Tuesday, June 10, 2008

rolling with the heat wave

It's been an interesting few days with this heat. Sunday, the hottest day thus far (101.8 in the shade according to my thermometer outside) my husband had to go pick up a refrigerator from my parents' house. They have gotten new appliances and generously offered to let us have their "old" fridge - much newer and more spacious than ours, so we accepted.

So off he went, in the un-AC'd Jimmy pulling our horse trailer to haul the refrigerator home. He had to remove the refrigerator doors, which meant a trip to Home Depot for a specific tool. Getting that thing from the trailer into our kitchen was a sort of nightmare. (especially since it was done in the dark of night) I'll leave the details to your imagination. By midnight, the new refrigerator was reassembled, plugged in, and cooling to get ready for the switchover.

Yesterday, Monday, I woke up feeling pretty good even though the forecast had been revised and we were looking at yet another 100+ day. We had hay, a new refrigerator, and our wonderful massage therapist was due to arrive at noon, to give Keil Bay an equine massage, and then come inside to do a hot stone massage for me.

Sweating through morning chores, I fed breakfast, did waters, gave hay, and walked my long walk down the hill, remembering that I was not dumping manure, but making a labyrinth. This was momentarily cast aside when I saw that the dear husband had taken some liberties with my labyrinthine path. There were several very un-labyrinthine piles in the very path itself. I grumbled all the way back up the hill. It was without doubt the sort of stomping, grumbling walk that screams Out of Balance.

When I got to the barn, there was silence. SILENCE. For a very brief moment I enjoyed it, and then I realized why the silence was unsettling. The fans were off. I had turned them on. Something was wrong with the fans. On a 100+ day.

I checked the plugs, checked the fuse box, and then it occurred to me to check the lights. The power was out. Which meant no more water from the well. I went inside, and found that the power was out in the house as well. Which meant no AC, no telephones. I took my cell phone out to the trustworthy clear-signal-spot on the deck. For five minutes, every time I tried to call out, it switched to roaming status and a recording informed me I could not complete the call.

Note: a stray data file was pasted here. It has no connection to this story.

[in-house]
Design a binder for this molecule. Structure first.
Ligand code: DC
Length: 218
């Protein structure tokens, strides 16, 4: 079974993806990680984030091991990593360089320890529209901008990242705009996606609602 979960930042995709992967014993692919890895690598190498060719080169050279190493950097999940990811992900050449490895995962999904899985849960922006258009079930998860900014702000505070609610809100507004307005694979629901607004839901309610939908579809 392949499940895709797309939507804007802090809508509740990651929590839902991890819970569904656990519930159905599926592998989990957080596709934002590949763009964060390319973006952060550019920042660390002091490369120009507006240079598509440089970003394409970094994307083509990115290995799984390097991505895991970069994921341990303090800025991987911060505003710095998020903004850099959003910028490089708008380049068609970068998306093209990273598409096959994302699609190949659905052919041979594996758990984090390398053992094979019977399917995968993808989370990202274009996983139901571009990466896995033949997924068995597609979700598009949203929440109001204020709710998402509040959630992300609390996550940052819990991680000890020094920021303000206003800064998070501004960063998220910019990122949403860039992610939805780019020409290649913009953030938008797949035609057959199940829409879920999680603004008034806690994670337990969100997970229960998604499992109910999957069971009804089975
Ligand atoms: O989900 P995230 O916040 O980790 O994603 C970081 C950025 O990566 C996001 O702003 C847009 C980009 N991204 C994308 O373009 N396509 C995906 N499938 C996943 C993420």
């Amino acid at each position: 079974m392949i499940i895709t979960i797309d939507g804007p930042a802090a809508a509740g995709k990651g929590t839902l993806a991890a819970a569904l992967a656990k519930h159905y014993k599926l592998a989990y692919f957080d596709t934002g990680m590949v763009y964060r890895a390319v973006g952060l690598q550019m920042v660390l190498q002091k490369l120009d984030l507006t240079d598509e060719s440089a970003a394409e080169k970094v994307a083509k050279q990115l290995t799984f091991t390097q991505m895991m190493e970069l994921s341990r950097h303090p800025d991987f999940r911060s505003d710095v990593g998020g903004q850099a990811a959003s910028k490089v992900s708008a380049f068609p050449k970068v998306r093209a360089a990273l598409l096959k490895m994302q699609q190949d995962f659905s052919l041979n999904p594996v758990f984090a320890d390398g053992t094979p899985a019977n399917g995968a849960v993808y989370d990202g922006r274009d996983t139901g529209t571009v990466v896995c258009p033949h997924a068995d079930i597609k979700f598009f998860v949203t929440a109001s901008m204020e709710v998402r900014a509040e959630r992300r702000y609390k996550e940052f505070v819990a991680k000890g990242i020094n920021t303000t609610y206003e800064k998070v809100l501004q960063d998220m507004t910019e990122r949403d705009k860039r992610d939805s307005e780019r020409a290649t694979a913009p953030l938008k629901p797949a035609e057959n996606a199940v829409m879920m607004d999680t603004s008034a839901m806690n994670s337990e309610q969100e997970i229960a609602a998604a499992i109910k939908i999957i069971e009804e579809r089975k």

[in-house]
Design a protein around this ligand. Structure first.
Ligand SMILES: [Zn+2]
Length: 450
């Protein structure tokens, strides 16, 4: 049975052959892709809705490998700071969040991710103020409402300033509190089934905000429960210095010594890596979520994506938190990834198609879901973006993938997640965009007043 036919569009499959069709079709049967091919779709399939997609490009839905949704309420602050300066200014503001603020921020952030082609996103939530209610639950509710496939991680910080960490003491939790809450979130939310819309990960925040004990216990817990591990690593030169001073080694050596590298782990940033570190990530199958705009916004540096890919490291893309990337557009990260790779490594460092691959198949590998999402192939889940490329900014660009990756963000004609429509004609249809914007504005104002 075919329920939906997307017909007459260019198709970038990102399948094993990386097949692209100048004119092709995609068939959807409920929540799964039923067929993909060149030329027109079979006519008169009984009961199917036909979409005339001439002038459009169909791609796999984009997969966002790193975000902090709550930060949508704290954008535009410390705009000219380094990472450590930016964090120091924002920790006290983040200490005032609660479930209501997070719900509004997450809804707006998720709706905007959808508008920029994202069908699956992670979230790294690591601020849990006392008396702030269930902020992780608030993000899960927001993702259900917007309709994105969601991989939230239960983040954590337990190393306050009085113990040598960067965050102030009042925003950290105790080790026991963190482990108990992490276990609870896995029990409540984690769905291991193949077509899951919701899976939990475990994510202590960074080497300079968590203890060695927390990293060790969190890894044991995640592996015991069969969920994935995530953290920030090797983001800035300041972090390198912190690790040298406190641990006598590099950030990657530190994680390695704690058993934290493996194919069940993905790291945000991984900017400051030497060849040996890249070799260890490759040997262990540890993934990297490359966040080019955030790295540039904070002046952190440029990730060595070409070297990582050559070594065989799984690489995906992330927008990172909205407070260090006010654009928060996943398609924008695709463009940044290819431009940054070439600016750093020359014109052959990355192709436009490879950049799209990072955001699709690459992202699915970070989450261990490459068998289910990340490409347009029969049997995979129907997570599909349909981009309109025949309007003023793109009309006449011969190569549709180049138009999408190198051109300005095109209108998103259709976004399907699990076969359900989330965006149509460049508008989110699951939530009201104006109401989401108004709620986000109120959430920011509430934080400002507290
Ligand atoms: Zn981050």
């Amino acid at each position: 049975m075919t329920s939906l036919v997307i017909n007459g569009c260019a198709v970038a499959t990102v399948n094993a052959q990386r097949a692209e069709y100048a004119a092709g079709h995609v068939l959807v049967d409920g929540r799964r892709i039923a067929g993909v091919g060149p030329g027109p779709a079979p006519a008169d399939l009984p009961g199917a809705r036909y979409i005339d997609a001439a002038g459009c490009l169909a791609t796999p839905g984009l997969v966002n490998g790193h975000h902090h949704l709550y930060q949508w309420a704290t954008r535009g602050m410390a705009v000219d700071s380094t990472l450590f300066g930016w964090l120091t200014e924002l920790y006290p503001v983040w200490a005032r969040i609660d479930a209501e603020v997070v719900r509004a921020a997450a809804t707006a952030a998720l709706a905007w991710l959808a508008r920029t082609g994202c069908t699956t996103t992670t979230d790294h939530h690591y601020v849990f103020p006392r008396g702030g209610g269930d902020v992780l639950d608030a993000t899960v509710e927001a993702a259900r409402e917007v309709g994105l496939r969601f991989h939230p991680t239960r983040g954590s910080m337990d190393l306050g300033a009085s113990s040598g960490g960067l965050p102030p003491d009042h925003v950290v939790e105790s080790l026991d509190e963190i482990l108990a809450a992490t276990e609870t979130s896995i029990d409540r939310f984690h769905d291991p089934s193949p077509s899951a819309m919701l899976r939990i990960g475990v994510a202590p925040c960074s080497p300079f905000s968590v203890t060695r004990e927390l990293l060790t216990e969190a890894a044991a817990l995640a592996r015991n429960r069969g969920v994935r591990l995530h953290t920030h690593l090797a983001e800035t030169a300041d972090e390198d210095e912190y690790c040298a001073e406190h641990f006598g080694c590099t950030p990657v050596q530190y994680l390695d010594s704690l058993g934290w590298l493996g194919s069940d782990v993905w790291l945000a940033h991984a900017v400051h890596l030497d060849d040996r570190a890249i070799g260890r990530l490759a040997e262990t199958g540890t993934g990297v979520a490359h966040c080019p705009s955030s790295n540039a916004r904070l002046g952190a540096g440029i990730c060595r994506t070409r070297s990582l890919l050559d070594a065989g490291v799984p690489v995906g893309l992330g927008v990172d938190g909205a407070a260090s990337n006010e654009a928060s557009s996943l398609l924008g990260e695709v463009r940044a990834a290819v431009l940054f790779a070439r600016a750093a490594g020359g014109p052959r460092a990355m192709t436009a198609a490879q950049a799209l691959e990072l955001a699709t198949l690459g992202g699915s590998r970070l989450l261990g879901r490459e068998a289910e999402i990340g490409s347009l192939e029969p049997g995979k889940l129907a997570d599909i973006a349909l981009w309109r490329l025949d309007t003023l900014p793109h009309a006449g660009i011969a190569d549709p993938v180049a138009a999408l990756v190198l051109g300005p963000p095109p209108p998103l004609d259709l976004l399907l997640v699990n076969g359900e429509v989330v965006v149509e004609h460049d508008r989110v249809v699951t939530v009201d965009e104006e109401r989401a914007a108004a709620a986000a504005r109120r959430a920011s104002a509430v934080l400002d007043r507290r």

I finally got calls in to the power company and my husband. Apparently there was a power outage in our entire area, and although they were aware of it and working on it, they had no idea what exactly caused it or when it would be fixed.

I proceeded to spread the virus of crisis to my daughter, who, in her wise way, just looked at me and said "It'll probably be over in 30 minutes. Just relax."

It's a very sobering and proud moment when one's 11-year old daughter comes through with such wisdom and calm in a moment of stress. She does this often, and I took a breath and tried to relax.

When the massage therapist arrived I was somewhat calm. We went out to the barn and decided to do Keil Bay's massage under the huge pin oak by the barn. This pin oak has a lot of good energy. I think of it as the winter solstice tree, and in the summer its shade is where we do most of our hosing off of horses. It's a good tree.

But I was agitated, and babbling about the electricity, a revelation I'd had about Keil Bay's training, and a dozen other things that kept popping up inside my head. I was not centered. Keil Bay would not settle into his body work.

We worked with him for a few minutes and I kept talking. He kept fussing. Then the fans came on, and we decided to go in the barn aisle and try again. This time, hushed by the fans, reveling in the wonders of electricity, I stopped talking. Keil Bay settled down and let himself relax into the motion of H's hands as she worked the muscles and did her magic.

As is pretty common with Keil Bay, he answered the question of the moment - how do I get this horse to stand still? Stop talking like a tape recorder. Hit the pause button on my own mind racing forward. He also answered the bigger issue I've been struggling with about how to proceed with our work together in the saddle. I need to stop trying to hire translators when I already know his language. The work with Keil Bay and me is just that - OUR work. He can teach me what I need to know.

When he was done, he took a walk around the barnyard, showing off his glossy coat, gorgeous dapples, and his characteristic swinging panther walk stride. It was like the exclamation point at the end of a sentence. You Got It, says Keil Bay. In the moment, and in the bigger picture.

Inside, my own massage was wonderful. The stones are such a presence, and H. remarked that she loved seeing all the stones around our house. They are in every room, grounding and centering.

My daughter headed out to the barn as I was beginning the massage, to hose Salina and check on everyone else. The air was blowing, the water was flowing. We'd weathered the morning's curve ball.